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How to Find Thankfulness in 2020

I was really hoping to feel more thankful post-election. I was optimistic that we would be further along in understanding this virus, that our country would experience a smooth electoral transition no matter who won and that we would recognize a clear path to healing as a society.

Thanksgiving, a time that has brought families and friends together for hundreds of years now, looks different.  State leaders have placed limitations, some of which are draconian, on how many people at one time may celebrate this truly American holiday; on where a celebration is acceptable; and for how long we may all give thanks before curfew kicks in and sends us home. Clearly the festive ‘cheer’ is designed to be muted.

So HOW do we find our thankfulness in trying times such as these?

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  1. Keep Perspective – This too shall pass. Americans have been through tougher times than these and have emerged stronger because of it:  The Great Depression, World Wars I and II, the Spanish Flu, September 11, etc . . .  It may be a cliche, but it is true. In times of trouble the best solution is to count your blessings. As a child after my parents divorced, there were several years where we were homeless, bouncing from home to home at the mercy of generous friends. During those times food was not plentiful. Several times we were forced to eat dinner at a homeless shelter.  (It wasn’t bad. I did not like the limp beans, but the rolls were good.) Nevertheless, none of those poor circumstances were permanent. I fought my way through them, and many others have done the same. Today is not forever.
  1. Share Love – There is a lot of pain in this world. I encounter it daily in my clinical practice–sexual abuse, mental illness, poor health, addiction, etc . . .  With so much hurt, we need to create moments of loving gifts to others. Write short notes of love, peace and compassion and place it on cars, send to random addresses, or share on social media. When I was in second grade, I had a teacher who recognized the problems I was having at home, even though I never said a word to her or anyone else. One day she gave me a jellybean necklace. No specific reason. It wasn’t my birthday; I hadn’t won a school contest. She simply wanted me to have it. I still have it. A simple gesture of caring can truly make that big of a difference. Try it.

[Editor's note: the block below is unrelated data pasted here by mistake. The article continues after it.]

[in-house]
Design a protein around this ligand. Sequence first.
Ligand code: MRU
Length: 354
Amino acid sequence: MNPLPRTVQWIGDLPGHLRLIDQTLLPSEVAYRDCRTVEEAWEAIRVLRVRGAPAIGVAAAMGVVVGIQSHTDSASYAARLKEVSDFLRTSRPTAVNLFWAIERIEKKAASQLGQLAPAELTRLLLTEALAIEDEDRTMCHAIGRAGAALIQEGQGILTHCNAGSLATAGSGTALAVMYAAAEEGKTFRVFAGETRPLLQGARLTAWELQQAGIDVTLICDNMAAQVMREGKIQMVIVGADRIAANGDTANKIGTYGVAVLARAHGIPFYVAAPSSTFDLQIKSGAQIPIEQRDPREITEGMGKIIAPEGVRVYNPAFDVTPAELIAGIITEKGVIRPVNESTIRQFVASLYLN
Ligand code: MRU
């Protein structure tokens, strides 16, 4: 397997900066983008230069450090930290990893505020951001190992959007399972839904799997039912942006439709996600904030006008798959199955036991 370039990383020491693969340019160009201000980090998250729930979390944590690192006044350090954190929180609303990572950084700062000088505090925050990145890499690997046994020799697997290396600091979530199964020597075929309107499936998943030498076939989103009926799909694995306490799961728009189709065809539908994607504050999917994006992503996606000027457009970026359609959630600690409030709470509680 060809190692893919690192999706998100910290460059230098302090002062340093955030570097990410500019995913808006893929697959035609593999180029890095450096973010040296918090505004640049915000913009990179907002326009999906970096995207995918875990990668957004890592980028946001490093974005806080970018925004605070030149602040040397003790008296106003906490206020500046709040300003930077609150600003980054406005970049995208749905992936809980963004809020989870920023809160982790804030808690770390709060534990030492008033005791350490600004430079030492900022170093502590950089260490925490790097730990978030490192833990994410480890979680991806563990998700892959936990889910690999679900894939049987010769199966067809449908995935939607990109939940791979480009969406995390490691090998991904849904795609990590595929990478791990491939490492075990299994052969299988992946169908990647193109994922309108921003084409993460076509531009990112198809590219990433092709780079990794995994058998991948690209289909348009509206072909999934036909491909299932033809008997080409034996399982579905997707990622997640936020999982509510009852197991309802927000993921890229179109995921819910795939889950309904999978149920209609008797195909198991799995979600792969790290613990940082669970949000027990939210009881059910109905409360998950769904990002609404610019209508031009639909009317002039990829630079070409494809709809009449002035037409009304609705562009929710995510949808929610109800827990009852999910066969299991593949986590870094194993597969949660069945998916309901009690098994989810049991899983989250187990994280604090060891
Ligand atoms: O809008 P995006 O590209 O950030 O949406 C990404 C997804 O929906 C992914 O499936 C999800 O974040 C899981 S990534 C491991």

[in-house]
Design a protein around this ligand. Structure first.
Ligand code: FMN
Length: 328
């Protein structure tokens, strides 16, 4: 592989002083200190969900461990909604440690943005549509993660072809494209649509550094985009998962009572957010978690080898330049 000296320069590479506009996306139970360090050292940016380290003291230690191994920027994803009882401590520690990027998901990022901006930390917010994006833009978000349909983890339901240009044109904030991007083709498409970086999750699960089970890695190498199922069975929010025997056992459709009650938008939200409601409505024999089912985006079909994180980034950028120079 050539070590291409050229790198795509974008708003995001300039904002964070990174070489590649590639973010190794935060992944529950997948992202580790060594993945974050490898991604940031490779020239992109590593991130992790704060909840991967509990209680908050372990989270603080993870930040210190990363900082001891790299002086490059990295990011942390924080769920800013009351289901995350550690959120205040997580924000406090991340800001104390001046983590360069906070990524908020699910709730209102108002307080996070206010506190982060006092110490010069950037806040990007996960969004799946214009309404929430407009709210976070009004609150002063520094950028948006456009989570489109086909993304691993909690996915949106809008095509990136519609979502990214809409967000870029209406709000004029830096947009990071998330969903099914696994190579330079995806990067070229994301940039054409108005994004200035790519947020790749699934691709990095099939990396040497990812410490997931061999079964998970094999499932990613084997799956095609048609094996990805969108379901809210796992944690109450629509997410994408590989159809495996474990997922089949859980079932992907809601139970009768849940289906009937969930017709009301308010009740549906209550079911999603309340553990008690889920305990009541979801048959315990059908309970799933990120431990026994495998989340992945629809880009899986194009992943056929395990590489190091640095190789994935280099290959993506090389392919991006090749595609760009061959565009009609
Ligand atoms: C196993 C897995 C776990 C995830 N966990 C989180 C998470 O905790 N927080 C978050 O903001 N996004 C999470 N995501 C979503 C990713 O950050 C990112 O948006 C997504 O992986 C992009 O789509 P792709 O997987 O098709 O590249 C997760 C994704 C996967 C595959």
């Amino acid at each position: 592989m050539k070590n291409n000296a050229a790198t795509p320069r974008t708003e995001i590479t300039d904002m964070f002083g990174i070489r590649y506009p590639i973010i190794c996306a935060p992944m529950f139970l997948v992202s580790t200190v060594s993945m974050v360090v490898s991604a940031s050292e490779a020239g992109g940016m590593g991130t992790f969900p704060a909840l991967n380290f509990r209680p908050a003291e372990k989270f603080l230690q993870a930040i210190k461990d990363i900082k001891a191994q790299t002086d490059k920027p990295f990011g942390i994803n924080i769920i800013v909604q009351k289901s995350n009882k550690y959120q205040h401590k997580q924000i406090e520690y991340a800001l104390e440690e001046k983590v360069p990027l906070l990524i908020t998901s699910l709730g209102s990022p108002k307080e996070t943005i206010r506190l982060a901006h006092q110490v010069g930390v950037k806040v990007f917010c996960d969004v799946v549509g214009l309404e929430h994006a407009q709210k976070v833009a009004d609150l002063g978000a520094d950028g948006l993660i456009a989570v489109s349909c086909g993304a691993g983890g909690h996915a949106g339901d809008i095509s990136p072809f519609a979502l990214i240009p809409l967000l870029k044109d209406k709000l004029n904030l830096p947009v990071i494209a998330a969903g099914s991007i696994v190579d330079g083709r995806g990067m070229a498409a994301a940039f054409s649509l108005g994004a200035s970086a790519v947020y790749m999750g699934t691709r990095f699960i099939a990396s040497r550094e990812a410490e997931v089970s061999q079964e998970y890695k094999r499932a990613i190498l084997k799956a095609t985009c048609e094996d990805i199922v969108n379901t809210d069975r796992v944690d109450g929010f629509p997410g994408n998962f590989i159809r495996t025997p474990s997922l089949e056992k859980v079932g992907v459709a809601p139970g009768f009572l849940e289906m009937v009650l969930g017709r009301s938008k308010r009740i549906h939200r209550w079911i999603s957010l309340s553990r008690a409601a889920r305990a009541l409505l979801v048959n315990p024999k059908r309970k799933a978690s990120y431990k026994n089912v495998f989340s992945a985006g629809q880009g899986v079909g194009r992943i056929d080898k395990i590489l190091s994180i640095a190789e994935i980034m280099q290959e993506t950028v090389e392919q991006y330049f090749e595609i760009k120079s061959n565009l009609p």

1. Create Opportunities – Loneliness and need are year-round, but because the holiday season is about family and celebration, that emptiness feels even greater during this time. Find food banks or shelters and volunteer your time.  Set up a neighborhood drive for blankets or coats for those less fortunate. There is nothing more gratifying than knowing you have helped others.  
  1. Believe in Magic – “If you build it, he will come.”  This is not just a line from a famous baseball movie. It is also a mindset for life. Believe your efforts and those of others will produce wonders, and chances are they will. Call it Karma, the Law of Positive Attraction, whatever. The name is irrelevant. What is important is that the world appears to be designed to operate in that manner. We need to become like children again in that way. For example, I remember one year as a child my family could not afford to buy a Christmas tree. My mom took a ream of paper and a box of Crayola crayons and said, “Well, we have to build our tree or Santa is not going to come.” Cynically, I followed my mother’s request and drew the best Christmas tree I could and taped it to the wall. Then I took the socks off my feet and laid them on the table to serve as stockings. On my way to bed my mom told me that we have a lot to be thankful for and that Santa would come. I awoke the next morning to candy canes and some mandarin oranges stuffed in my socks. At the time I believed it was total magic–and in a way it was because it gave me hope to believe in goodness and in the possibilities of life. To this day I only buy Crayola brand crayons.
  1. Give Thanks – Why not sit down and list all the things you are grateful for this year, despite the negativity around us?  This year we need that reminder more than ever. For example, I am grateful for my husband and two children, my health and career success, and my friends and family. I am also grateful for those childhood experiences of homelessness and poverty. They made me stronger and more appreciative of the things I own today. I am a better parent because of it . . . and more importantly a better human being.

And remember, we all experienced the greatest gift of all this morning: the gift of life. The elderly are thankful each day when they awaken, recognizing that one day they will not—and there is nothing they can do to prevent it or plan for it. Wouldn’t it be wonderful if everyone, no matter their age, awakened every morning with that same gratitude?   

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